[Flipping Bits in Memory Without Accessing Them: An Experimental Study of DRAM Disturbance Errors](
* Abstract. Memory isolation is a key property of a reliable and secure computing system — an access to one memory ad- dress should not have unintended side e ects on data stored in other addresses. However, as DRAM process technology scales down to smaller dimensions, it becomes more di  cult to prevent DRAM cells from electrically interacting with each other. In this paper, we expose the vulnerability of commodity DRAM chips to disturbance errors. By reading from the same address in DRAM, we show that it is possible to corrupt data in nearby addresses. More specifically, activating the same row in DRAM corrupts data in nearby rows. We demonstrate this phenomenon on Intel and AMD systems using a malicious program that generates many DRAM accesses. We induce errors in most DRAM modules (110 out of 129) from three major DRAM manufacturers. From this we conclude that many deployed systems are likely to be at risk. We identify the root cause of disturbance errors as the repeated toggling of a DRAM row’s wordline, which stresses inter-cell coupling e ects that accelerate charge leakage from nearby rows. We provide an extensive characterization study of disturbance errors and their behavior using an FPGA-based testing plat- form. Among our key findings, we show that (i) it takes as few as 139K accesses to induce an error and (ii) up to one in every 1.7K cells is susceptible to errors. After examining var- ious potential ways of addressing the problem, we propose a low-overhead solution to prevent the errors.

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Draft/Draft/Exploit View File

@ -34,11 +34,23 @@ Exploit dev -
[The Userland Exploits of Pangu 8](
[The Birth of a Complete IE11 Exploit Under the New Exploit Mitigations](
* GEF is aimed to be used mostly by exploiters and reverse-engineers. It provides additional features to GDB using the Python API to assist during the process of dynamic analysis or exploit development.
* Why not PEDA?
* Yes ! Why not ?! PEDA is a fantastic tool to do the same, but is only to be used for x86-32 or x86-64. On the other hand, GEF supports all the architecture supported by GDB (x86, ARM, MIPS, PowerPC, SPARC, and so on).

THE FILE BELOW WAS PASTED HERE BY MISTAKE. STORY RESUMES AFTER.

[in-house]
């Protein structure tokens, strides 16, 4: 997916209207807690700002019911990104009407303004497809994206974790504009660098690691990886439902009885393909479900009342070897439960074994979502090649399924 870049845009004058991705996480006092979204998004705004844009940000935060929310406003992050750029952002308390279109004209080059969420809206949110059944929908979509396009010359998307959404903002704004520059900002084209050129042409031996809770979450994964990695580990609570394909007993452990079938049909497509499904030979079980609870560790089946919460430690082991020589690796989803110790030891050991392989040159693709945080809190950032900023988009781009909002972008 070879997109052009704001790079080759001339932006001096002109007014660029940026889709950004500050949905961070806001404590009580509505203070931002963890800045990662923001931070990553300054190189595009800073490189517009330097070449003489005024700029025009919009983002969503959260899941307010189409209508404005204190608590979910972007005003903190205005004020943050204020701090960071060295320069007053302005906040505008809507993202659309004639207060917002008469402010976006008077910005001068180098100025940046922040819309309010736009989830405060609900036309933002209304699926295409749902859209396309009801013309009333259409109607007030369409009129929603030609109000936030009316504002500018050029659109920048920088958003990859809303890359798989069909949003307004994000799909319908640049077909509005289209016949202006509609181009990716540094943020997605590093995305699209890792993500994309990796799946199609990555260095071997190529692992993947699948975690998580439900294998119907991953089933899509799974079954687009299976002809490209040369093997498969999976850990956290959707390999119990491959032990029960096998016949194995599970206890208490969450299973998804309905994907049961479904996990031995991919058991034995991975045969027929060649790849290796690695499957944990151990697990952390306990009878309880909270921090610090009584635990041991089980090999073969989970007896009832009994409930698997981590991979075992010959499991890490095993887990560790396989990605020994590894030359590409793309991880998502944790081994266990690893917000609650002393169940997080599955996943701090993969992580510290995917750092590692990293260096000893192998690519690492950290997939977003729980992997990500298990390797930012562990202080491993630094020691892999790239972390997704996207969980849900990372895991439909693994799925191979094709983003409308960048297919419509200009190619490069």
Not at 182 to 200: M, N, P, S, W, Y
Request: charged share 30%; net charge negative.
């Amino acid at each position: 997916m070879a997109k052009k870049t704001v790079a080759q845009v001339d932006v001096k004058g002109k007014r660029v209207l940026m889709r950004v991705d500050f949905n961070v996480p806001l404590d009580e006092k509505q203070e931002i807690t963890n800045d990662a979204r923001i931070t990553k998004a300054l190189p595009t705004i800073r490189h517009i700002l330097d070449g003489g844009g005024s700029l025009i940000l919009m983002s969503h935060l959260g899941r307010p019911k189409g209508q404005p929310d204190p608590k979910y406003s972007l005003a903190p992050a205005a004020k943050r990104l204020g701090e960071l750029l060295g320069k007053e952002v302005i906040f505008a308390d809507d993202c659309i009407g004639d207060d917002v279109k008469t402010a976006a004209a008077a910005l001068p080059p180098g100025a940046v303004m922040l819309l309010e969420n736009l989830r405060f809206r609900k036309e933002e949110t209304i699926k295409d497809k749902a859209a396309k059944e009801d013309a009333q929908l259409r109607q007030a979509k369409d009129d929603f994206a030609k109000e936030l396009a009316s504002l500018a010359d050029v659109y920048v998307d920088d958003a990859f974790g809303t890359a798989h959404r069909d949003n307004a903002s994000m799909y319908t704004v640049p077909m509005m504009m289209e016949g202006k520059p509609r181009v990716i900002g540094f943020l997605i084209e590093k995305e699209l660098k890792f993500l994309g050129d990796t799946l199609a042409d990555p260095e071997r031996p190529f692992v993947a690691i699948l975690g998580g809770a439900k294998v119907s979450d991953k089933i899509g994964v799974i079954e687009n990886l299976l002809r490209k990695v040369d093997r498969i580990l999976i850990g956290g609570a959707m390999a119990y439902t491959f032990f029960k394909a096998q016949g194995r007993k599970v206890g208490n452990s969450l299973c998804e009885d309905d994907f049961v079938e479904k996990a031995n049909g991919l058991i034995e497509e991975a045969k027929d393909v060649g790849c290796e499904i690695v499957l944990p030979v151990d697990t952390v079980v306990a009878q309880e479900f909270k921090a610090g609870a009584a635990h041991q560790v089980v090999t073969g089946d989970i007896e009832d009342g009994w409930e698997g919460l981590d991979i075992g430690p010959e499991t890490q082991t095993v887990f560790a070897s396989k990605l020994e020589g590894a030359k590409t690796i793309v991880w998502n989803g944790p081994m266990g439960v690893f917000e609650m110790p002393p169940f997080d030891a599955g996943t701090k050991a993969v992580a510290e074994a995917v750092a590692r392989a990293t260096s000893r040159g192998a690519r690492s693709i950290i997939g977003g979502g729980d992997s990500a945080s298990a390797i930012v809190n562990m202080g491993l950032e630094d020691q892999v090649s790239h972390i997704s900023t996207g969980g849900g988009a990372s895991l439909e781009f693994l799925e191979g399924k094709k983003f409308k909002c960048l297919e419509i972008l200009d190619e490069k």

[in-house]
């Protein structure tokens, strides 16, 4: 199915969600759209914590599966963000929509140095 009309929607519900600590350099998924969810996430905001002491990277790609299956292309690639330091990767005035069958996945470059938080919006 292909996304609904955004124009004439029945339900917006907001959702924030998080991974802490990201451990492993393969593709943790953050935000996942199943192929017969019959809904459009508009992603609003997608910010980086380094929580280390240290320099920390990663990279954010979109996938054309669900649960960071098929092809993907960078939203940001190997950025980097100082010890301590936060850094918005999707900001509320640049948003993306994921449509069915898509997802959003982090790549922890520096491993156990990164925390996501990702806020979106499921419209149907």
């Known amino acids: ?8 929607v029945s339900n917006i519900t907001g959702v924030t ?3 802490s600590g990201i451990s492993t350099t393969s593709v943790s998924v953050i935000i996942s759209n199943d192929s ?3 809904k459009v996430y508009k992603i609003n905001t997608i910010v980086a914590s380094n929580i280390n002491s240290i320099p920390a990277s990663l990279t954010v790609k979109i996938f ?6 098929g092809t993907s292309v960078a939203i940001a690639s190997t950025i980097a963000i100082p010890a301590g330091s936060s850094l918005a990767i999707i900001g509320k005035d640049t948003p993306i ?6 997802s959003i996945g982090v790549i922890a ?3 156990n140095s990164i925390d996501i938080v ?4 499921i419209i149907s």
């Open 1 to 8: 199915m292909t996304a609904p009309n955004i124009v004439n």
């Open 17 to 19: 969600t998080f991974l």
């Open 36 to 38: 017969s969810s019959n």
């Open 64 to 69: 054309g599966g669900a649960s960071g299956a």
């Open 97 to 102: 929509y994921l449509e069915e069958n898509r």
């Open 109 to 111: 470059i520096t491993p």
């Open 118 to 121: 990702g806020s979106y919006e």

[The Wallstreet of Windows Binaries - Marion Marschalek, Joseph Moti](
* [Wallstreet - Github Repository](
* Wallstreet of Windows binaries 7, 8, 9 err 10 sorry
[OllyDbg Tricks for Exploit Development](
@ -95,7 +107,7 @@
[Shellcode Debugging with OllyDbg](
[Exploit Mitigation Killchain](

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@ -17,10 +17,13 @@ OS Forensics
Better security - Mean time to detect/Mean time to respond
[Triaging Malware Incidents](
* Good writeup/blogpost from Journey into Incidence Response

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@ -7,6 +7,12 @@
* NSA 70-page writeup on windows event log monitoring
[Forensics on Amazon’s EC2](
[Analysis of a Romanian Botnet](
* Going from first sighting in logs to tracing attackers to their C2 IRC room
[How to Pull passwords from a memory dump](
[Investigating PowerShell Attacks - Ryan Kazanciyan and Matt Hastings - DEFCON22](
@ -22,6 +28,14 @@
* Real-time Transfer Protocol (RTP) is used by nearly all Voice-over-IP systems to provide the audio channel for calls. As such, it provides ample opportunity for the creation of a covert communication channel due to its very nature. While use of steganographic techniques with various audio cover-medium has been extensively researched, most applications of such have been limited to audio cover-medium of a static nature such as WAV or MP3 file audio data. This paper details a common technique for the use of steganography with audio data cover-medium, outlines the problem issues that arise when attempting to use such techniques to establish a full-duplex communications channel within audio data transmitted via an unreliable streaming protocol, and documents solutions to these problems. An implementation of the ideas discussed entitled SteganRTP is included in the reference materials.
[Bootkit Disk Forensics
[Part 1](
[Part 2](
[Kansa -A Powershell incident response framework ](
* A modular incident response framework in Powershell. Note there's a bug that's currently cropping up in PowerShell version 2 systems, but version 3 and later should be fine
[Windows Memory Analysis Checklist](

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@ -108,53 +108,40 @@ Windows exploitation framework composed of Powershell modules
###Veil Framework
[Veil-Evasion]( * Veil-Evasion is a tool to generate payload executables that bypass common antivirus solutions.
* Veil-Ordnance is a tool that can be used to quickly generate valid stager shellcode.
Veil Projects:
Veil-Evasion is a tool to generate payload executables that bypass common antivirus solutions. Veil-Evasion’s code is located at and it’s a part of the Veil super project at which we recommend mosts users clone and install.”
* Veil-Catapult is a payload delivery tool that integrates with Veil-Evasion for payload generation.
* [Github](
Veil-Ordnance is a tool that can be used to quickly generate valid stager shellcode.
eil-Catapult is a payload delivery tool that integrates with Veil-Evasion for payload generation. Veil-Catapult’s code is located at
Veil-Pillage is a modular post-exploitation framework that integrates with Veil-Evasion for payload generation.
Veil-Pillage is a modular post-exploitation framework that integrates with Veil-Evasion for payload generation. Veil-Pillage’s code is located at
[Veil Power-View[](